According to the Jewish Virtual Library:
The Sabbath (or Shabbat, as it is called in Hebrew) is one of the best known and least understood of all Jewish observances. People who do not observe Shabbat think of it as a day filled with stifling restrictions, or as a day of prayer like the Christian Sabbath. But to those who observe Shabbat, it is a precious gift from God, a day of great joy eagerly awaited throughout the week, a time when we can set aside all of our weekday concerns and devote ourselves to higher pursuits.
In Jewish literature, poetry and music, Shabbat is described as a bride or queen, as in the popular Shabbat hymn Lecha Dodi Likrat Kallah (come, my beloved, to meet the [Sabbath] bride). It is said “more than Israel has kept Shabbat, Shabbat has kept Israel.”
Shabbat is the most important ritual observance in Judaism. It is the only ritual observance instituted in the Ten Commandments. It is also the most important special day, even more important than Yom Kippur. This is clear from the fact that more aliyahs (opportunities for congregants to be called up to the Torah) are given on Shabbat than on any other day.
Shabbat is primarily a day of rest and spiritual enrichment. The word “Shabbat” comes from the root Shin-Bet-Tav, meaning to cease, to end, or to rest.
Why, for the love of Gentiles everywhere, am I posting this?
Because yesterday, Tuesday, was my Shabbat, or Sabbath. I drove a mere 22 miles from my house, and spent the day here. And because it is February… I had the place to myself.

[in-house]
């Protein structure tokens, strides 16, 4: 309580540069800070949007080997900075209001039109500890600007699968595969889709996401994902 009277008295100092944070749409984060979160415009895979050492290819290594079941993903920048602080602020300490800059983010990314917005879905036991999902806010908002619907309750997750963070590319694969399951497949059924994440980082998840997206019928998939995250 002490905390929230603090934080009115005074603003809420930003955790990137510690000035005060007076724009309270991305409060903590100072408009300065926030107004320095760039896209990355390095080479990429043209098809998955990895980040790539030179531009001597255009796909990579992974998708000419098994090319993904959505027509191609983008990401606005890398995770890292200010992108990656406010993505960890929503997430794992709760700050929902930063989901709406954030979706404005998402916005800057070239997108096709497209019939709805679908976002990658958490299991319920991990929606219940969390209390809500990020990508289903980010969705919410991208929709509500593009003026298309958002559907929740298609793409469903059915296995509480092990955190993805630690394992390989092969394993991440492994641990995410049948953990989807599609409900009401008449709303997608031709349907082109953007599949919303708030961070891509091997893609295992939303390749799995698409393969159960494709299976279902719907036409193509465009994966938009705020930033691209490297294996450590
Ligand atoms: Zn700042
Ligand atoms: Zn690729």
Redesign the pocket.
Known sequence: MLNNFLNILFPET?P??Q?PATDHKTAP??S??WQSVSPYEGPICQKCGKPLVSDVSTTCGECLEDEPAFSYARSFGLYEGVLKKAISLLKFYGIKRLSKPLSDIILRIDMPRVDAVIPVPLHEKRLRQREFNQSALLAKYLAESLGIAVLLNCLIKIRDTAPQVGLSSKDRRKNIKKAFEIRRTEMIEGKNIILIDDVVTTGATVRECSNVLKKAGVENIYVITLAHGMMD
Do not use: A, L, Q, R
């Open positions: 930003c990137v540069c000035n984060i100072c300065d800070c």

I packed my backpack with a few books, a lunch, my trusty iPOD, and left home early in the morning (but late enough to miss the commuter traffic). I threw some fishing gear and bottled water into the truck and took off for some much needed rest after an exciting and exhausting DNOW weekend. I spent some time reading Romans and 1 John. I read my latest issue of Guitar ONE. Listened to some Ravi Zacharias and EJ’s Bloom. Then went back to the scripture.
It was HARD. Hard not to think about everything on my desktop that needed my attention. Hard not to think about the students who made decisions this weekend. They needed follow-up. And what about the preparation for FUEL Wednesday night? The band practice? The message? The slides for MediaShout? What about all the religious-political discussions (read: battles) online I was missing out on?
Then my mind went back to a conversation at Chuy’s (praise be to God for Chuy’s) last week with my buddy, Pat Cammarata. While talking over green chile enchiladas and shrimp tacos, Pat said, “If you study the Bible, and it doesn’t leave you in wonder and awe, then you haven’t studied the Bible.”
So, sitting next to the waterfall, listening to EJ, and sipping my snooty Pellegrino, the Spirit spoke to me. He seemed to say ‘Being a Christian is more than conquering, it’s about celebrating mystery.’ THERE is my sabbath rest.
I neither have now, nor will *ever* have, the answers. But my faith is not bound up in knowing the answers–that’s not faith, but science. The very nature of Orthodox Christianity is that we never come to the end. Our faith begs for more. More discussion. More inquiry. More debate. Question after question. More experience.
People say that the Christian faith has a lot of paradoxes. Not true. The Christian faith is a lot of paradoxes. It can’t be resolved. We must let it be what it is. Grace and judgement. Election and free will. Yin and yang. It is systematically unsystematic. And it drives me bonkers.
On Tuesday, I celebrated the mystery in the Scripture. In creation. In EJ’s interpretation of phyrgian minor as it plays against the pentatonic major of the bass line.
I encourage you to take your Sabbath. Soon. Today if possible. Unplug and log off. Listen to the Spirit-Wind of God. Let Him still your soul. Be still and know the mystery. Know that the God whom you’ll never wrap your head around is madly and deeply in love with you. Why?
I guess that’s part of the Mystery.